on internal motivation (Merrill & Strauman, 2004). Both traits are vulnerable to psychological difficulty (depression and anxiety) particularly in the event of interpersonal rejection and loss for sociotropy and personal failure in autonomy. Case Study: Client
on internal motivation (Merrill & Strauman, 2004). Both traits are vulnerable to psychological difficulty (depression and anxiety) particularly in the event of interpersonal rejection and loss for sociotropy and personal failure in autonomy. Case Study: Client Personality Development Jane
ignored. Generally, access to medicines is not constrained in the same way as access to psychological therapy, because it does not generally require access to a specialist therapist. Modern models of collaborative care do involve significant support from case managers to improve compliance with medicines and thus the principles of stepped care can be applied in this context.14 NICE recommends that for a person suffering from anxiety, psychological therapies should be offered alongside pharmacological interventions
during the course of the therapeutic relationship. Understanding these phenomena in nursing is important because the primary focus of nursing is the nurse-patient relationship (Imura, 1991). This discussion will describe how these phenomena occur, and how they may manifest in the nurse-patient relationship. Furthermore, this discussion will highlight nursing interventions in these situations, in order to provide insight into how nurses can maintain and improve the therapeutic focus and environment.
Depression, schizophrenia and anxiety disorders are common major mental health disorders which occasionally consist of a combination of affective, behavioural, cognitive and perceptual components.1,2 The history of treatment of mental health disorders consists in a development through years in using pharmacological interventions or psychological therapies. Data shows the recorded incidence of common mental health disorders is 1.23% and around 25% of people in England, aged 18 years or older, have
importance in creating a climate for change is acceptance, or caring or prizing--unconditional positive regard. It means that when the therapist is experiencing a positive, nonjudgmental, accepting attitude toward whatever the client is at that moment, therapeutic movement or change is more likely. . . . The third facilitative aspect of the relationship is empathic understanding. This means that the therapist senses accurately the feelings and personal meanings that are being experienced by the client and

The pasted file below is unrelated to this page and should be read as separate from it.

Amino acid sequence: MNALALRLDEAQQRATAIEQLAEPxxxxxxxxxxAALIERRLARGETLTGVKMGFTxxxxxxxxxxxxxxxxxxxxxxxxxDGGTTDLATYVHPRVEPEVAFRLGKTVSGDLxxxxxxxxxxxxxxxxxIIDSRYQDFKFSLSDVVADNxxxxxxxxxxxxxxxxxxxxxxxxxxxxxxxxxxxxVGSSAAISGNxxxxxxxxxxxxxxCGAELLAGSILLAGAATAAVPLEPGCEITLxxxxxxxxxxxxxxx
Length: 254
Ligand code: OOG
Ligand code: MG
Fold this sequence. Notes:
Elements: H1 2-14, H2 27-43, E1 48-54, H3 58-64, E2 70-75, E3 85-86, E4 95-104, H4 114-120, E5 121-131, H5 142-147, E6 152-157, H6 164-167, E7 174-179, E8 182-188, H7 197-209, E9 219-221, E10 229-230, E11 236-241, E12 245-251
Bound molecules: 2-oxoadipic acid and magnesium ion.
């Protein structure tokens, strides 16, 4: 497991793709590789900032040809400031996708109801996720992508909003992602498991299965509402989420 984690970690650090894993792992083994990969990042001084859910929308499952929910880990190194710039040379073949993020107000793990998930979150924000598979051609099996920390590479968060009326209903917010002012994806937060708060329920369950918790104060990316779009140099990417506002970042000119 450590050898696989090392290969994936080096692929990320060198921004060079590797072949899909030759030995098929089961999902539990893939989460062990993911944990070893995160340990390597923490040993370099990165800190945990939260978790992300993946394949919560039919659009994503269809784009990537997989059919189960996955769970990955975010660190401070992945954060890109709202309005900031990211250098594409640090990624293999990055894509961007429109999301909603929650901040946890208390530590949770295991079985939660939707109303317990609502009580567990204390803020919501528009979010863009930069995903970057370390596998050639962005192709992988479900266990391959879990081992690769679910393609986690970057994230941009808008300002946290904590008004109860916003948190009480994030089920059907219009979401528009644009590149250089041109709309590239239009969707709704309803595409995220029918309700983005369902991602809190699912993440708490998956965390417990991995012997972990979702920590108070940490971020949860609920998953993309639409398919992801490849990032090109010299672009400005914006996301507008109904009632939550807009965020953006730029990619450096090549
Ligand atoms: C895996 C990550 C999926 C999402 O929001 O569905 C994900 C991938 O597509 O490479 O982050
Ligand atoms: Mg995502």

Adolescence is a challenging period of life, when individuals undergo major physical and psychological changes between the ages of 10 and 19. This period is accompanied by many needs, all of which contribute to increased risk-taking in youth, such as suicidal behaviors. Suicide is the third leading cause of death for youth between the ages of 10 and 24 in the United States (Centers for Disease Control and Prevention [CDC], 2014). Among this same age group, suicide accounts for 20% of all deaths annually
Divorce is usually conceptualized as a stress process, or as a grief process (Yarnoz, 2008). Understanding the relationships that married couples have prior to divorce is important because it can provide clues to marital dissolution, as well as later well-being. Marital unhappiness has been shown to have a stronger impact on divorce in longer duration marriages compared to shorter marriages (White & Booth, 1991). Long-term, low quality marriages have significantly more negative effects on overall
therapy in Hong Kong. Specifically, a number of related issues were studied including definition of music therapy, the origin of music therapy, the recent developments in music therapy in China, establishment of a music therapy session, and the setting of therapeutic goals and the use of techniques in the professional practices of music therapy. Data were obtained by interviewing local music therapists, focusing on the current professional status and practice of music therapy in Hong Kong.
Social Communication Interventions and Children with Autism Spectrum Disorder Introduction Why is teaching Social Communication important? Social Communication is the basis of how we as human beings interact with each other. Without social skills, the ability to build relationships with others would not exist. School is a social outlet for children and struggling to socialize in school can have an impact on a child’s academic success in the classroom. (Ostmeyer and Scarpa, 2012). Some of the skills